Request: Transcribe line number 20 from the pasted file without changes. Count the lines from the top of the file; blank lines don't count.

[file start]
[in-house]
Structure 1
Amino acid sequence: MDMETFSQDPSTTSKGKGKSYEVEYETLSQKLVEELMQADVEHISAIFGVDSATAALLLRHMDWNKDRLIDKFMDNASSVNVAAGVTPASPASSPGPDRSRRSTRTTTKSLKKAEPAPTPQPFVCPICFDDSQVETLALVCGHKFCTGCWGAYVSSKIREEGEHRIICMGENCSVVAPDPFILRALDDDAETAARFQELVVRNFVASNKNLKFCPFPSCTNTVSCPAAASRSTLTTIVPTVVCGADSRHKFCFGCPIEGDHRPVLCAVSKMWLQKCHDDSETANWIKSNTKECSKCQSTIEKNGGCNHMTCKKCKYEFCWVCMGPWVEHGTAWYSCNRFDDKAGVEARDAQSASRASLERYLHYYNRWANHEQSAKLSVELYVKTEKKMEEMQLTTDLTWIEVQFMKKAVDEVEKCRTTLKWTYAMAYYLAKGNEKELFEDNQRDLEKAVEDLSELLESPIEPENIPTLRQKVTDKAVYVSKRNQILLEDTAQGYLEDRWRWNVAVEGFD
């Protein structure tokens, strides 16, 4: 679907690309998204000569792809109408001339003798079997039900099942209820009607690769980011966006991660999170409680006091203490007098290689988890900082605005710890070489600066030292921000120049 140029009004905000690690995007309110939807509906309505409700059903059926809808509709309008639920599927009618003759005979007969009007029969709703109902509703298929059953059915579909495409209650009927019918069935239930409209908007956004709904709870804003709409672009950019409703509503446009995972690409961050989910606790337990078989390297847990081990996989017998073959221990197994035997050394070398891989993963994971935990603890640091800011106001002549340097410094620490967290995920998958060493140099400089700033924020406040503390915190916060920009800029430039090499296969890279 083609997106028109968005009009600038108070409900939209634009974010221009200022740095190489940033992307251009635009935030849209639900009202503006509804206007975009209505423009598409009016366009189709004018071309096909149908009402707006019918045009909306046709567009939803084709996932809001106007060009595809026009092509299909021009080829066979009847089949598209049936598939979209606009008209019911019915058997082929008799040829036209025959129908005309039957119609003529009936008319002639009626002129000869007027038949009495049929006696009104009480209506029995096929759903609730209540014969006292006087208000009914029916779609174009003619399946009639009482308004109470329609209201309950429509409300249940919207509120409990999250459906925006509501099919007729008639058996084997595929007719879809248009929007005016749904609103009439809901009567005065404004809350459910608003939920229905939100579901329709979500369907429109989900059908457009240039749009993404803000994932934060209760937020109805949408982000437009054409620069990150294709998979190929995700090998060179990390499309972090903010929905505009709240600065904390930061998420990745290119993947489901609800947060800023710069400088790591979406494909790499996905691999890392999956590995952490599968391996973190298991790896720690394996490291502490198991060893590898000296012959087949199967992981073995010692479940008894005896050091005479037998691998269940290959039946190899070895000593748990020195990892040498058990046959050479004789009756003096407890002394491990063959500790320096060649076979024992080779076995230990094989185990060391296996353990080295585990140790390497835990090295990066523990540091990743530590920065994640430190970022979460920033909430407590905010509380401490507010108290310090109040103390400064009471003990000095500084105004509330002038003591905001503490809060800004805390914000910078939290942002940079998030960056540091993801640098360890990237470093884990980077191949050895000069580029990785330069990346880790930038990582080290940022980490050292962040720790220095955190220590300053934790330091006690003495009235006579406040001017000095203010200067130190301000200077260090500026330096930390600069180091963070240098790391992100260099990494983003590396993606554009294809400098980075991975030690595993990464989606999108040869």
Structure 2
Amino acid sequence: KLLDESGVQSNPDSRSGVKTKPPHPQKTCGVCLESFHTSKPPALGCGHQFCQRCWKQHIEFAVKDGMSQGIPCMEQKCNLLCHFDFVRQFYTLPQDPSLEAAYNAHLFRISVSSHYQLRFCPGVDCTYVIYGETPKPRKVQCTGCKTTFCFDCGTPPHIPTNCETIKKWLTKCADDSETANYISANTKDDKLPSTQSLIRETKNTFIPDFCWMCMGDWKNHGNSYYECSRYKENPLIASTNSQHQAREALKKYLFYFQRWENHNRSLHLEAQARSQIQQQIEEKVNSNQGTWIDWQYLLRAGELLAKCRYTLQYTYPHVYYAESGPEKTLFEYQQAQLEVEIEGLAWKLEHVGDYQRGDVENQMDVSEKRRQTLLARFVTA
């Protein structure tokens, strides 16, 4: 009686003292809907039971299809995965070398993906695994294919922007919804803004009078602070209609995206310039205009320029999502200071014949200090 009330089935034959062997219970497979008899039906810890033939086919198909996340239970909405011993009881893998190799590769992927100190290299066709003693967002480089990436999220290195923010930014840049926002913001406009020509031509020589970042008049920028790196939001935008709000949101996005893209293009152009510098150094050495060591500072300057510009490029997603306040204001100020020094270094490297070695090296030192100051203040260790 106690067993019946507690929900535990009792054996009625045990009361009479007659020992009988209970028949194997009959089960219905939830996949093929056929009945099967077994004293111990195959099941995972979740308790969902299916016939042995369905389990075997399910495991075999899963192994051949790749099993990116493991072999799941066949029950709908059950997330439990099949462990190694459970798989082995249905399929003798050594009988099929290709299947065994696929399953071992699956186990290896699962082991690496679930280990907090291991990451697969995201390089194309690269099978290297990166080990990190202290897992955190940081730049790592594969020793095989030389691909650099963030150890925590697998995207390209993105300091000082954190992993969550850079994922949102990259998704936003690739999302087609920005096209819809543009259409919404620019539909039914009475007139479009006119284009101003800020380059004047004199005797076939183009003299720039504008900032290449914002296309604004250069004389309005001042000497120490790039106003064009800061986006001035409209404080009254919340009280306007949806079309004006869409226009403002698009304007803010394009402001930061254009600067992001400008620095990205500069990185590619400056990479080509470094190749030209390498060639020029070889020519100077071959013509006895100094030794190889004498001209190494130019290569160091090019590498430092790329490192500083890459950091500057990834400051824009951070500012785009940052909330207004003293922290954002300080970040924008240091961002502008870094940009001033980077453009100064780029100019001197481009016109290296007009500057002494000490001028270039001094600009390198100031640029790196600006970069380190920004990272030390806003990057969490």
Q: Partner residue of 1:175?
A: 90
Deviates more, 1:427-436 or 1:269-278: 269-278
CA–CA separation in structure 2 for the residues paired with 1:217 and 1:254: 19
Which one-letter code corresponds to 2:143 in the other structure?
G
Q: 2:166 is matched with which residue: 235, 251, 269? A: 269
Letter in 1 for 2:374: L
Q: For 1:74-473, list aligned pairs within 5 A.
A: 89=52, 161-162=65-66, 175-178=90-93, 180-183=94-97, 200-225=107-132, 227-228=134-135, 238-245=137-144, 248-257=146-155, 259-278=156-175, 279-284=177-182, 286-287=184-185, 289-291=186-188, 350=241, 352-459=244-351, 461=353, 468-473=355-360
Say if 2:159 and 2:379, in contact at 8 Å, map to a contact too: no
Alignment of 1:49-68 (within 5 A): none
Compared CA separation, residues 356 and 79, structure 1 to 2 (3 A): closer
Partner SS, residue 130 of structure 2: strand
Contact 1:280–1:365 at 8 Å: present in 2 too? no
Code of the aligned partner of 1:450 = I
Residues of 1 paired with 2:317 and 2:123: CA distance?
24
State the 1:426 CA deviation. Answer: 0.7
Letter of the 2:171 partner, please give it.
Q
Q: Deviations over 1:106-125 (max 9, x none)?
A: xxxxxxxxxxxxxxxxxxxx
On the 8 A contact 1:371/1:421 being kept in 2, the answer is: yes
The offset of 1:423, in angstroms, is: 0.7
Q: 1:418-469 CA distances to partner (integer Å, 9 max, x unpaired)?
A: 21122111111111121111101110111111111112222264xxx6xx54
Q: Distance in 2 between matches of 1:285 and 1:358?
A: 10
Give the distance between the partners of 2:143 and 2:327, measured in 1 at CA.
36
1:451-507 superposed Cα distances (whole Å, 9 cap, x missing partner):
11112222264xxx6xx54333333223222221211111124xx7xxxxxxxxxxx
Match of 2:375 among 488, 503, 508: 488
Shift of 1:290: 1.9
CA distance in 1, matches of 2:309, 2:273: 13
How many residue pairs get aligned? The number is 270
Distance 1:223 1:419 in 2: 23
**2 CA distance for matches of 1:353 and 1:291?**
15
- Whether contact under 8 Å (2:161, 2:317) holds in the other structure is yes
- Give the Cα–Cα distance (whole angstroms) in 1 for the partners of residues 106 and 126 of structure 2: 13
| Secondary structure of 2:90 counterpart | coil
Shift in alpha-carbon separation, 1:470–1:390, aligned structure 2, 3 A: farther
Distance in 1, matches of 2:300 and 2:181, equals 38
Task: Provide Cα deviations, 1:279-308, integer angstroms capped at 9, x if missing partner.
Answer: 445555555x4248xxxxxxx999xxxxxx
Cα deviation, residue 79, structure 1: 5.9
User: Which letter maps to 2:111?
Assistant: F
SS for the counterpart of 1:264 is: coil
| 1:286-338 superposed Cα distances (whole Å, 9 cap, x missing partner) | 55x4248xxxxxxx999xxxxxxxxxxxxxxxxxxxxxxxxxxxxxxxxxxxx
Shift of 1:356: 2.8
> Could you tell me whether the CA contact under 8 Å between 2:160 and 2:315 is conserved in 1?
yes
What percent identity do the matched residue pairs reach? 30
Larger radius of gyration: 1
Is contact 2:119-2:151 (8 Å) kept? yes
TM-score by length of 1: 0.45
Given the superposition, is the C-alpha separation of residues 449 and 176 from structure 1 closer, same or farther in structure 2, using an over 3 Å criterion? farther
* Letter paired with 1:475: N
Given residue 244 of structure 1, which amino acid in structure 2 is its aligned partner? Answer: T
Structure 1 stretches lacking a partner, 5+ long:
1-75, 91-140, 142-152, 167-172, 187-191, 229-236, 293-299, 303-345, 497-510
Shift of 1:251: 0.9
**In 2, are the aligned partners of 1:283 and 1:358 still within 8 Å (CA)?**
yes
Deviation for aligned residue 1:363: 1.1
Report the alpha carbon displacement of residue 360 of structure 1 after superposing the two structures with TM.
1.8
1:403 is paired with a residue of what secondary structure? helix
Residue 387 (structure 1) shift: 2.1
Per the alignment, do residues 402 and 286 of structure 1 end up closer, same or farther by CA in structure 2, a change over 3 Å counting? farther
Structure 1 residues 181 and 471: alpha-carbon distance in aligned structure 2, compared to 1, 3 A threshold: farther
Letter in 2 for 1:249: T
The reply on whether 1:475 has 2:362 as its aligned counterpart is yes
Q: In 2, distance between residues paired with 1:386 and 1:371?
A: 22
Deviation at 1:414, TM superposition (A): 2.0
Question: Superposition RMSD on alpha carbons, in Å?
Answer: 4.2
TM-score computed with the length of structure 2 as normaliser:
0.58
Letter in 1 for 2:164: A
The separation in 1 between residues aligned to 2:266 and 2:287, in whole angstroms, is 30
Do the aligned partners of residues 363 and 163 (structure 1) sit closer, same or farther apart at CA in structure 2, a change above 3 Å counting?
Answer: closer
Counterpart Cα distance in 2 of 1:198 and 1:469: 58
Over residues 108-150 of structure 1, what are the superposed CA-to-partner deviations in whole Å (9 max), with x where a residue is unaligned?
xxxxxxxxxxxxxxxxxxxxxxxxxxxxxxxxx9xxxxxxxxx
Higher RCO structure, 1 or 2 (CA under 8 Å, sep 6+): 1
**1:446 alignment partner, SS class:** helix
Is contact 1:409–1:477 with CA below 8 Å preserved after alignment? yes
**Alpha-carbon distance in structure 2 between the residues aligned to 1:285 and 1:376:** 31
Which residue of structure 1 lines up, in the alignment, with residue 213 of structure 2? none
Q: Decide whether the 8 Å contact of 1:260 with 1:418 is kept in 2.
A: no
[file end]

Compared CA separation, residues 356 and 79, structure 1 to 2 (3 A): closer